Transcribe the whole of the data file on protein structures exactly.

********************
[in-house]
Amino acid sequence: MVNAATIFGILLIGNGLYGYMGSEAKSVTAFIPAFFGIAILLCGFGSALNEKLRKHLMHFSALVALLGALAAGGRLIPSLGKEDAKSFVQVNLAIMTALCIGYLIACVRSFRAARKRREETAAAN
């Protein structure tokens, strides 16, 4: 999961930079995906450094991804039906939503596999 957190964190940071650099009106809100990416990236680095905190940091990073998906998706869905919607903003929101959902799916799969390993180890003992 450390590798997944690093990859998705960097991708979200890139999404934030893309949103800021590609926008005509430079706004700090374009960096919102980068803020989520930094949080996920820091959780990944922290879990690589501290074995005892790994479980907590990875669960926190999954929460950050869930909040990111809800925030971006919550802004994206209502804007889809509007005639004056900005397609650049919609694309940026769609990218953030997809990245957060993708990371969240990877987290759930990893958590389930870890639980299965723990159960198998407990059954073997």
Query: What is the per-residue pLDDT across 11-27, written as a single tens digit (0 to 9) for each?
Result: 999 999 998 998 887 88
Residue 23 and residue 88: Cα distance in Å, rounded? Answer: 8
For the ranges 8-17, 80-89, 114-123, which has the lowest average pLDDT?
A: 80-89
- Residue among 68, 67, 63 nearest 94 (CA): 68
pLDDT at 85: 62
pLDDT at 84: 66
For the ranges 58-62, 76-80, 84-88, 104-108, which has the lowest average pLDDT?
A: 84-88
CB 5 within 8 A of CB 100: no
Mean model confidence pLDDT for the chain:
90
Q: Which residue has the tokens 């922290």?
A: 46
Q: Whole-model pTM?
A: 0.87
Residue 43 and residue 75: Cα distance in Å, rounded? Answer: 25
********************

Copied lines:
[in-house]
Amino acid sequence: MVNAATIFGILLIGNGLYGYMGSEAKSVTAFIPAFFGIAILLCGFGSALNEKLRKHLMHFSALVALLGALAAGGRLIPSLGKEDAKSFVQVNLAIMTALCIGYLIACVRSFRAARKRREETAAAN
């Protein structure tokens, strides 16, 4: 999961930079995906450094991804039906939503596999 957190964190940071650099009106809100990416990236680095905190940091990073998906998706869905919607903003929101959902799916799969390993180890003992 450390590798997944690093990859998705960097991708979200890139999404934030893309949103800021590609926008005509430079706004700090374009960096919102980068803020989520930094949080996920820091959780990944922290879990690589501290074995005892790994479980907590990875669960926190999954929460950050869930909040990111809800925030971006919550802004994206209502804007889809509007005639004056900005397609650049919609694309940026769609990218953030997809990245957060993708990371969240990877987290759930990893958590389930870890639980299965723990159960198998407990059954073997």
Query: What is the per-residue pLDDT across 11-27, written as a single tens digit (0 to 9) for each?
Result: 999 999 998 998 887 88
Residue 23 and residue 88: Cα distance in Å, rounded? Answer: 8
For the ranges 8-17, 80-89, 114-123, which has the lowest average pLDDT?
A: 80-89
- Residue among 68, 67, 63 nearest 94 (CA): 68
pLDDT at 85: 62
pLDDT at 84: 66
For the ranges 58-62, 76-80, 84-88, 104-108, which has the lowest average pLDDT?
A: 84-88
CB 5 within 8 A of CB 100: no
Mean model confidence pLDDT for the chain:
90
Q: Which residue has the tokens 């922290």?
A: 46
Q: Whole-model pTM?
A: 0.87
Residue 43 and residue 75: Cα distance in Å, rounded? Answer: 25